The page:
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Applies to: ARM7TDMI-S
T : supports both ARM (32-bit) and Thumb (16-bit) instruction sets
An instruction set is a list of binary patterns, or "opcodes", which represent the different logical operations a processor can perform. Software programs can be written at different levels of abstraction, from low level "assembly code" where each written instruction typically maps onto one corresponding opcode, up to high level languages where the written program (source code) needs to be processed by a compiler which typically converts each written instruction into a whole sequence of opcodes.
ARM processors support one or more instruction sets.
The original ARM instruction set consists of 32-bit opcodes, so the binary pattern for each possible operation is four bytes long.
To improve code density, a new, smaller instruction set called "Thumb" was developed, implementing the more commonly-used parts of the ARM instruction set but encoding these in a 16-bit or 2-byte pattern (or occasionally, a pair of such opcodes).
ARM7TDMI-S supports both ARM and Thumb instruction sets, with a defined mechanism for switching between instruction sets at natural program boundaries. This instruction set architecture is called ARMv4T.
Newer ARM processors support enhanced and extended versions of one or both of these instruction sets in ARMv5, ARMv6 and ARMv7 architectures, or may support a new 32-bit instruction set for a 64-bit datapath architecture in ARMv8, either instead of or along-side ARM- and Thumb-compatible instruction sets.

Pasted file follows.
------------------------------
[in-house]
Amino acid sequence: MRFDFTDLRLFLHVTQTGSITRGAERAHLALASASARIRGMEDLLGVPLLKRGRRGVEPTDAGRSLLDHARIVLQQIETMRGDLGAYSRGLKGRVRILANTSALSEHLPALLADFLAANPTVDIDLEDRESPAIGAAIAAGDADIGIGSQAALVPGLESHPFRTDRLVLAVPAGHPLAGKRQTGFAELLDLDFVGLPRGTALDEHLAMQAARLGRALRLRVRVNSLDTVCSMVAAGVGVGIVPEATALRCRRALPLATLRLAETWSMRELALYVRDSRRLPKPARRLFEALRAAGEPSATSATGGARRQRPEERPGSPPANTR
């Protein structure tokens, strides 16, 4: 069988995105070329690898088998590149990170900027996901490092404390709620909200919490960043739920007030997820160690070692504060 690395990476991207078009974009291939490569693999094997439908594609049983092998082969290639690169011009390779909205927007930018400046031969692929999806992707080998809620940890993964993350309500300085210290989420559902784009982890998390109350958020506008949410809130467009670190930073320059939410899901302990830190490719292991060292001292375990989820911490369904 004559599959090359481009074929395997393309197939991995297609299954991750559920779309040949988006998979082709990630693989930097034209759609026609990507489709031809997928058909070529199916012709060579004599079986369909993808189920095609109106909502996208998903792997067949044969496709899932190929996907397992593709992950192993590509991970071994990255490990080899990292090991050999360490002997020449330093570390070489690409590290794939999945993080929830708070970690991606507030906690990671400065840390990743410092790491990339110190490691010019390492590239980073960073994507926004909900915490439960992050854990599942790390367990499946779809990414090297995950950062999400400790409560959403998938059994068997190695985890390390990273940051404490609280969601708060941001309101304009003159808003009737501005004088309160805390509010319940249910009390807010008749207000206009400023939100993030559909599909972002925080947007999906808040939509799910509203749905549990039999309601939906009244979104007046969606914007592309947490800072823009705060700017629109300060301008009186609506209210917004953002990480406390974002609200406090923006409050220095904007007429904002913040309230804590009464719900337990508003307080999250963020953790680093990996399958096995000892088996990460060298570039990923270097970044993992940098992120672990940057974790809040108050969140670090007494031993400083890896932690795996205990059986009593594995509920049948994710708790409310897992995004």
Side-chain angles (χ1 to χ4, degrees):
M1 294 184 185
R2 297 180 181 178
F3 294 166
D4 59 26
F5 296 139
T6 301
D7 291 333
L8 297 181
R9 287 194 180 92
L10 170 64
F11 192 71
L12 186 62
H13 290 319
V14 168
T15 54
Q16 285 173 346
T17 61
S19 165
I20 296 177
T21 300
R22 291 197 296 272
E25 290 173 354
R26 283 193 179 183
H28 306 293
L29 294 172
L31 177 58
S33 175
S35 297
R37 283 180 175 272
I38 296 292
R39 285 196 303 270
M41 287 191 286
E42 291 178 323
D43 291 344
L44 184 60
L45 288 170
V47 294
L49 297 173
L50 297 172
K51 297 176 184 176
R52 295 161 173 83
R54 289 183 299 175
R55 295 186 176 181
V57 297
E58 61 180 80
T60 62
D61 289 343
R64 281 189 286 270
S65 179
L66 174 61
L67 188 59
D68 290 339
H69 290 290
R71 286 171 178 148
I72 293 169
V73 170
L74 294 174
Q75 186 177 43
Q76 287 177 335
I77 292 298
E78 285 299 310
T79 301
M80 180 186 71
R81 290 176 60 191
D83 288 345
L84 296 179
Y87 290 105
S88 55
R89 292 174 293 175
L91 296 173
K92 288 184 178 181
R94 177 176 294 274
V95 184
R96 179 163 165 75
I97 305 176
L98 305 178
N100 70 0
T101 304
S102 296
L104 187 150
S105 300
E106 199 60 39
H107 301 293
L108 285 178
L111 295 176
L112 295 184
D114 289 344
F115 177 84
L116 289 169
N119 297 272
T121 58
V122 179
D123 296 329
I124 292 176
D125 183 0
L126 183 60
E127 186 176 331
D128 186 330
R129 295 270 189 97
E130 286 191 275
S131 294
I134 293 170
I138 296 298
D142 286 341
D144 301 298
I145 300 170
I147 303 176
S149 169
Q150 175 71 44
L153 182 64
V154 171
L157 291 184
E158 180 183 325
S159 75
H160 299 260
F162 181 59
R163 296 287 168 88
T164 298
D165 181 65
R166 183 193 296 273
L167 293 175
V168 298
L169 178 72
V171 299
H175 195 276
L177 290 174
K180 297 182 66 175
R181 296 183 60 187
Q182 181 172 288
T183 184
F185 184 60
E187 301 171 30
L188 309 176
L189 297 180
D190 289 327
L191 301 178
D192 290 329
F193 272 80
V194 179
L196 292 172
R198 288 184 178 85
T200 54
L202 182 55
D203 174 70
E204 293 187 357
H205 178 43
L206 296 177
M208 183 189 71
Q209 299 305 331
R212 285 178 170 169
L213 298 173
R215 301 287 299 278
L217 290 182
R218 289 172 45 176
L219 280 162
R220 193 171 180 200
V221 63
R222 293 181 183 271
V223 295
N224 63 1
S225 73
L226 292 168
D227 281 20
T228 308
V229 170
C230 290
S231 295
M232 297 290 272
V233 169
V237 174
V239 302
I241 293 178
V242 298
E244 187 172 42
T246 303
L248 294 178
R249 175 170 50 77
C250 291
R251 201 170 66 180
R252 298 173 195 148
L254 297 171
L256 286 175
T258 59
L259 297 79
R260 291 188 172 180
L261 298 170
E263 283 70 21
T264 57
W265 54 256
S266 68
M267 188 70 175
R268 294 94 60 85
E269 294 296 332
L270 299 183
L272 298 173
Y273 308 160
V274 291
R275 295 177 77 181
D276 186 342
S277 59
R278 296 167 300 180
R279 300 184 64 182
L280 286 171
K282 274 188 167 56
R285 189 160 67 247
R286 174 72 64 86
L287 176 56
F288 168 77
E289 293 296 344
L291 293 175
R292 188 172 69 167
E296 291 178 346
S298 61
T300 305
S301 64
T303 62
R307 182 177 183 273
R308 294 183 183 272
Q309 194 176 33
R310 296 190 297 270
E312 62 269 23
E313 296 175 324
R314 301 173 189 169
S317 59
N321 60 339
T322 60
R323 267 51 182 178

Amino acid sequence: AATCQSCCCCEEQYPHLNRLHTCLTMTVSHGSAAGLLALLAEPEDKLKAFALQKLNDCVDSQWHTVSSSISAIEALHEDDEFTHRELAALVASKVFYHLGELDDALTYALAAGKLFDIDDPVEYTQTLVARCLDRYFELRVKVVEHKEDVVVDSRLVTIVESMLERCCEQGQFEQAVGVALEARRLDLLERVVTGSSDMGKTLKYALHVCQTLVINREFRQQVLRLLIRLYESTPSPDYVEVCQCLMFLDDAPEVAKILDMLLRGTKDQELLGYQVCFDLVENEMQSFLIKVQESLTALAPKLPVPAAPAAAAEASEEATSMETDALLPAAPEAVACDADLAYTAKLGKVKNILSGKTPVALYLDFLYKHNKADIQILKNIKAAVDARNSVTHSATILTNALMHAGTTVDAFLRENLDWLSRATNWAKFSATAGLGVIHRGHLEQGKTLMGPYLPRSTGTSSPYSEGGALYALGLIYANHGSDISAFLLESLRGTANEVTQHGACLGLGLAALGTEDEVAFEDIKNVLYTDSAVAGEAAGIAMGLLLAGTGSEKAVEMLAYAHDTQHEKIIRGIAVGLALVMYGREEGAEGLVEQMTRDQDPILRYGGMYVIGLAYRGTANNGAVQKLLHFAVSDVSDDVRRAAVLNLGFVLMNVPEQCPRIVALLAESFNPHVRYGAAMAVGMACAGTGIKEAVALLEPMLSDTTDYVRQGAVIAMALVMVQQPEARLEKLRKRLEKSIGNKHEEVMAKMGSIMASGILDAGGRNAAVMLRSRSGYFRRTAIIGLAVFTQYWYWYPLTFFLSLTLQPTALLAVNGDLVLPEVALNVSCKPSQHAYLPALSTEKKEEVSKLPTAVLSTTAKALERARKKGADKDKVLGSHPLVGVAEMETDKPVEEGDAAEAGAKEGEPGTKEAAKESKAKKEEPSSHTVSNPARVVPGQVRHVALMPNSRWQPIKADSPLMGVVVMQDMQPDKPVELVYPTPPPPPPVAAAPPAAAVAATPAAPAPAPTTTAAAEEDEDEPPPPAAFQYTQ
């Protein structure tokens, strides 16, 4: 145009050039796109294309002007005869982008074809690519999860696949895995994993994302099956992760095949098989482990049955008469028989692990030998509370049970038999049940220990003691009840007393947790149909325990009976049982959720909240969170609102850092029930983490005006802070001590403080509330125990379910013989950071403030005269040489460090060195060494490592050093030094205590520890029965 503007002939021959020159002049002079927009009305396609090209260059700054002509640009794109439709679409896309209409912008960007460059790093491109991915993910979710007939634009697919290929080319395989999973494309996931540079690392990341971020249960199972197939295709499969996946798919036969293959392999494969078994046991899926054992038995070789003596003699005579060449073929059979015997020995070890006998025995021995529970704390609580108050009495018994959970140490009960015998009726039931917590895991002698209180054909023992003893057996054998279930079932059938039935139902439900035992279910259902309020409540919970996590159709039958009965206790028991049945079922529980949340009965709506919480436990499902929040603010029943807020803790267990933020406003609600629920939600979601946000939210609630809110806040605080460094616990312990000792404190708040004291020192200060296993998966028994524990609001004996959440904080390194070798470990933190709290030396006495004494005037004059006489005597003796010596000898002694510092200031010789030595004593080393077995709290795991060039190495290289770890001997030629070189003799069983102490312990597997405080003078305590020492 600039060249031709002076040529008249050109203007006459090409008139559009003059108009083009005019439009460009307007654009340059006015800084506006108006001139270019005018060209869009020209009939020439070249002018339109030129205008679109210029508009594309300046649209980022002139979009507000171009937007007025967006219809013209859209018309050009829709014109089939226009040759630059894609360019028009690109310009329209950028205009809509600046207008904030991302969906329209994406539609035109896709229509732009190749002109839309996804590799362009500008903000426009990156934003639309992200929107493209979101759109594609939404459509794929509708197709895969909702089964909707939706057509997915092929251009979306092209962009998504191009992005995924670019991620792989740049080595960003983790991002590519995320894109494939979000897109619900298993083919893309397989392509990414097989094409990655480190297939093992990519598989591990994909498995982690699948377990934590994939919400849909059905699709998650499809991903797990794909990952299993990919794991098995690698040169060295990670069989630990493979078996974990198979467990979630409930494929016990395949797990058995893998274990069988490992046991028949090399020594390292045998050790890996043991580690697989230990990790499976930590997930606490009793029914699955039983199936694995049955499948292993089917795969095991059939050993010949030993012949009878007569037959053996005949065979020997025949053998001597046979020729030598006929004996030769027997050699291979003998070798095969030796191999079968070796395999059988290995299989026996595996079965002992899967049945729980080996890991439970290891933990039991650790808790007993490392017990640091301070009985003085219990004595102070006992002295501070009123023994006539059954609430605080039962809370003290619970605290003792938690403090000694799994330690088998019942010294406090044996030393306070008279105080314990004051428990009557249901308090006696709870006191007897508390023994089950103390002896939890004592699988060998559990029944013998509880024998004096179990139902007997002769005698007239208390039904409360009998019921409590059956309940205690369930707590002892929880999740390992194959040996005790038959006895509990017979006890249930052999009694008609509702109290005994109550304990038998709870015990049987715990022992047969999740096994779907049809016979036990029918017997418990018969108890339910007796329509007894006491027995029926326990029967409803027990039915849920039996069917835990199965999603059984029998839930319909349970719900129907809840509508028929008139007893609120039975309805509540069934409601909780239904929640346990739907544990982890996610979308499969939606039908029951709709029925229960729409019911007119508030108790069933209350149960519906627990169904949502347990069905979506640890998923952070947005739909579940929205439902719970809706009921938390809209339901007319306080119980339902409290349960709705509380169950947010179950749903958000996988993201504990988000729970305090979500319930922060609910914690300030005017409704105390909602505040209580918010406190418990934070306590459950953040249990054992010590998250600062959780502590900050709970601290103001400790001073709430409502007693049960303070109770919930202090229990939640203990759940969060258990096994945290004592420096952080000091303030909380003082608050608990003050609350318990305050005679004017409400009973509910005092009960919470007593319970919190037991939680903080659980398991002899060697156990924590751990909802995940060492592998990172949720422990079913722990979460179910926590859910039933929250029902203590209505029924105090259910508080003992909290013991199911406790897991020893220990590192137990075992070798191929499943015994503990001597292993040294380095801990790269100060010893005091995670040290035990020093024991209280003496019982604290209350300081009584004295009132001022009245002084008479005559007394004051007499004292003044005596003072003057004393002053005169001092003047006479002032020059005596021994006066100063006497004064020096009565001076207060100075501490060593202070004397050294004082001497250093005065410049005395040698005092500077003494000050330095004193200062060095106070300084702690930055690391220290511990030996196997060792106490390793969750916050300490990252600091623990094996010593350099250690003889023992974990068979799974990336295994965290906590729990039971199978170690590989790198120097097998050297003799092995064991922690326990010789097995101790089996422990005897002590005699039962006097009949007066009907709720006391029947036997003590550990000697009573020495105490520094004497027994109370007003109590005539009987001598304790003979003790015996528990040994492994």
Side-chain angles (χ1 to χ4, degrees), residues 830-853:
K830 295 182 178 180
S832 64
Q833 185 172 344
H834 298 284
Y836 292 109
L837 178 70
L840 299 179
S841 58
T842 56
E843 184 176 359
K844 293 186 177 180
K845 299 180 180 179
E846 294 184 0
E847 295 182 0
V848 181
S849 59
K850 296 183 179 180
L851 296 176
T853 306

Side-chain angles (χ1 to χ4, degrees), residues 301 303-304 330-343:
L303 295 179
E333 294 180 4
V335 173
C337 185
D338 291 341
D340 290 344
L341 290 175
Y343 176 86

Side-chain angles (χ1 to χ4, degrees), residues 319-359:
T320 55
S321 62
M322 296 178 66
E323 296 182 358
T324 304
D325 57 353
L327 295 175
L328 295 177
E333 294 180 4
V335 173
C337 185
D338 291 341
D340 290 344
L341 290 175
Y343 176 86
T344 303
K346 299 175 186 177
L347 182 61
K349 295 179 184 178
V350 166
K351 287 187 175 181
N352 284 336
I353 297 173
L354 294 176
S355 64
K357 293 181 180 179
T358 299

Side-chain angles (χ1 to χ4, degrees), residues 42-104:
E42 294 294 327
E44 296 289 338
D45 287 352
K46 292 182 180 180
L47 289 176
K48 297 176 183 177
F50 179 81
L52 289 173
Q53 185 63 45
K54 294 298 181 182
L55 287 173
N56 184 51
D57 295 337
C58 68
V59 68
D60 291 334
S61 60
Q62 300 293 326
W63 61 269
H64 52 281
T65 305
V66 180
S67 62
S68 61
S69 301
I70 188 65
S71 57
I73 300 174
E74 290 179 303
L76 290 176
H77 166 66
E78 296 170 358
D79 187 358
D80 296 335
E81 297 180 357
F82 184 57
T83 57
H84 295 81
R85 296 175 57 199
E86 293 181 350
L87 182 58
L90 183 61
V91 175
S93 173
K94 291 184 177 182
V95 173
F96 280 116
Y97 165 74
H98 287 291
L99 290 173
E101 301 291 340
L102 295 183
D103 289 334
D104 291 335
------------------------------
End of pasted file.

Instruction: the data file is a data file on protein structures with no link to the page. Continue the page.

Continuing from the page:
D : Contains Debug extensions
The debug extensions provide the mechanism by which normal operation of the processor can be suspended for debug, including the input signal ports to trigger this behavior; for example a signal to allow a breakpoint to be indicated and a signal to allow an external debug request to be indicated.
M : Enhanced (relative to earlier ARM cores) 32x8 Multiplier block
Earlier ARM processors (prior to ARM7TDMI) used a smaller, simpler multiplier block which required more clock cycles to complete a multiplication. Introduction of this more complex 32x8 multiplier reduced the number of cycles required for a multiplication of two registers (32-bit * 32-bit) to a few cycles (data dependent). Modern ARM processors are generally capable of calculating at least a 32-bit product in a single cycle, although some of the smallest Cortex-M processors provide an implementation choice of a faster (single-cycle) or a smaller (32 cycle) 32-bit multiplier block.
I : EmbeddedICE macrocell
The EmbeddedICE macrocell consists of on-chip logic to support debug operations. In ARM7TDMI-S, this includes two instruction breakpoint and data watchpoint comparators, an Abort status register, and a debug communications channel to pass data between the target and the host. The EmbeddedICE interacts with the debug extensions, for example to signal a halt to the processor when a breakpoint is met.
-S : synthesizable (ie. distributed as RTL rather than a hardened layout)
ARM7TDMI (without the "-S" extension) was initially designed as a hard macro, meaning that the physical design at the transistor layout level was done by ARM, and licensees took this fixed physical block and placed it into their chip designs. This was the prevalent design methodology at the time. Subsequently, demand increased for a more flexible and configurable solution, so ARM moved towards delivering processor designs as a behavioral description at the "register transfer level" (RTL) written in a hardware description language (HDL), typically Verilog HDL. The process of converting this behavioral description into a physical network of logic gates is called "synthesis", and several major EDA companies sell automated synthesis tools for this purpose. A processor design distributed to licensees as an RTL description (such as ARM7TDMI-S) is therefore described as "synthesizable".
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